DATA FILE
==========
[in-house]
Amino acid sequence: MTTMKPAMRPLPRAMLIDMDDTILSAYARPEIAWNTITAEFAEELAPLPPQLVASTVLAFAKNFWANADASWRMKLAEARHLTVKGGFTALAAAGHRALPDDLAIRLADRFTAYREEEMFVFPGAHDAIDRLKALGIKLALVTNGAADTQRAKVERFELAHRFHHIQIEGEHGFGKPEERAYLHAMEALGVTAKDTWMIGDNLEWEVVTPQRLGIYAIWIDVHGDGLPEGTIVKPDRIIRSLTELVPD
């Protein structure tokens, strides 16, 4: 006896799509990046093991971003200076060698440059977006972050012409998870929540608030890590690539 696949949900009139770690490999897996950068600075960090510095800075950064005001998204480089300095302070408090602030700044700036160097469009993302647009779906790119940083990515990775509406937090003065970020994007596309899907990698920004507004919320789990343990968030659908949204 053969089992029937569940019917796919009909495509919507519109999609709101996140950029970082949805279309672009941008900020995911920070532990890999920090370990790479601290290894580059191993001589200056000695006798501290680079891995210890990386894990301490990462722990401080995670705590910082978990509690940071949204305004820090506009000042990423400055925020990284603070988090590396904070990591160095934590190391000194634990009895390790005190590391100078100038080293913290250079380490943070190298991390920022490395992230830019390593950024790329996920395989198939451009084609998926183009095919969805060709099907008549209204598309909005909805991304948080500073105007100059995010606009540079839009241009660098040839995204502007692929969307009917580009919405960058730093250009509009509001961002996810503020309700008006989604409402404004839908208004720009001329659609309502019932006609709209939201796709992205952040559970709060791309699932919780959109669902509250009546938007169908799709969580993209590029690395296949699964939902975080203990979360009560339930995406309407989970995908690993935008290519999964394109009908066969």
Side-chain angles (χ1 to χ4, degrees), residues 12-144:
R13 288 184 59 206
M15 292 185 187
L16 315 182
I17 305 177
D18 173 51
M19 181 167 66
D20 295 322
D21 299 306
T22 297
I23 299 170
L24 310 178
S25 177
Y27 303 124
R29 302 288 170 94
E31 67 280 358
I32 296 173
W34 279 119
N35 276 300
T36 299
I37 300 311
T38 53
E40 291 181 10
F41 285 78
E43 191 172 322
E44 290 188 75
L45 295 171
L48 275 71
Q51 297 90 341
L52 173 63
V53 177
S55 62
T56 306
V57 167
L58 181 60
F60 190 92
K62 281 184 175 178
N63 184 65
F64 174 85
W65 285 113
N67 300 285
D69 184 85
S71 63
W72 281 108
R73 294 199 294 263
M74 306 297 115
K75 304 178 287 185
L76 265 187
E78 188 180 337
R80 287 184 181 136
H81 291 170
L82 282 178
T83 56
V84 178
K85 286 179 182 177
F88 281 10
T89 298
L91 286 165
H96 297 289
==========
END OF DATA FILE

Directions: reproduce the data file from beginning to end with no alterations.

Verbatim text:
[in-house]
Amino acid sequence: MTTMKPAMRPLPRAMLIDMDDTILSAYARPEIAWNTITAEFAEELAPLPPQLVASTVLAFAKNFWANADASWRMKLAEARHLTVKGGFTALAAAGHRALPDDLAIRLADRFTAYREEEMFVFPGAHDAIDRLKALGIKLALVTNGAADTQRAKVERFELAHRFHHIQIEGEHGFGKPEERAYLHAMEALGVTAKDTWMIGDNLEWEVVTPQRLGIYAIWIDVHGDGLPEGTIVKPDRIIRSLTELVPD
């Protein structure tokens, strides 16, 4: 006896799509990046093991971003200076060698440059977006972050012409998870929540608030890590690539 696949949900009139770690490999897996950068600075960090510095800075950064005001998204480089300095302070408090602030700044700036160097469009993302647009779906790119940083990515990775509406937090003065970020994007596309899907990698920004507004919320789990343990968030659908949204 053969089992029937569940019917796919009909495509919507519109999609709101996140950029970082949805279309672009941008900020995911920070532990890999920090370990790479601290290894580059191993001589200056000695006798501290680079891995210890990386894990301490990462722990401080995670705590910082978990509690940071949204305004820090506009000042990423400055925020990284603070988090590396904070990591160095934590190391000194634990009895390790005190590391100078100038080293913290250079380490943070190298991390920022490395992230830019390593950024790329996920395989198939451009084609998926183009095919969805060709099907008549209204598309909005909805991304948080500073105007100059995010606009540079839009241009660098040839995204502007692929969307009917580009919405960058730093250009509009509001961002996810503020309700008006989604409402404004839908208004720009001329659609309502019932006609709209939201796709992205952040559970709060791309699932919780959109669902509250009546938007169908799709969580993209590029690395296949699964939902975080203990979360009560339930995406309407989970995908690993935008290519999964394109009908066969």
Side-chain angles (χ1 to χ4, degrees), residues 12-144:
R13 288 184 59 206
M15 292 185 187
L16 315 182
I17 305 177
D18 173 51
M19 181 167 66
D20 295 322
D21 299 306
T22 297
I23 299 170
L24 310 178
S25 177
Y27 303 124
R29 302 288 170 94
E31 67 280 358
I32 296 173
W34 279 119
N35 276 300
T36 299
I37 300 311
T38 53
E40 291 181 10
F41 285 78
E43 191 172 322
E44 290 188 75
L45 295 171
L48 275 71
Q51 297 90 341
L52 173 63
V53 177
S55 62
T56 306
V57 167
L58 181 60
F60 190 92
K62 281 184 175 178
N63 184 65
F64 174 85
W65 285 113
N67 300 285
D69 184 85
S71 63
W72 281 108
R73 294 199 294 263
M74 306 297 115
K75 304 178 287 185
L76 265 187
E78 188 180 337
R80 287 184 181 136
H81 291 170
L82 282 178
T83 56
V84 178
K85 286 179 182 177
F88 281 10
T89 298
L91 286 165
H96 297 289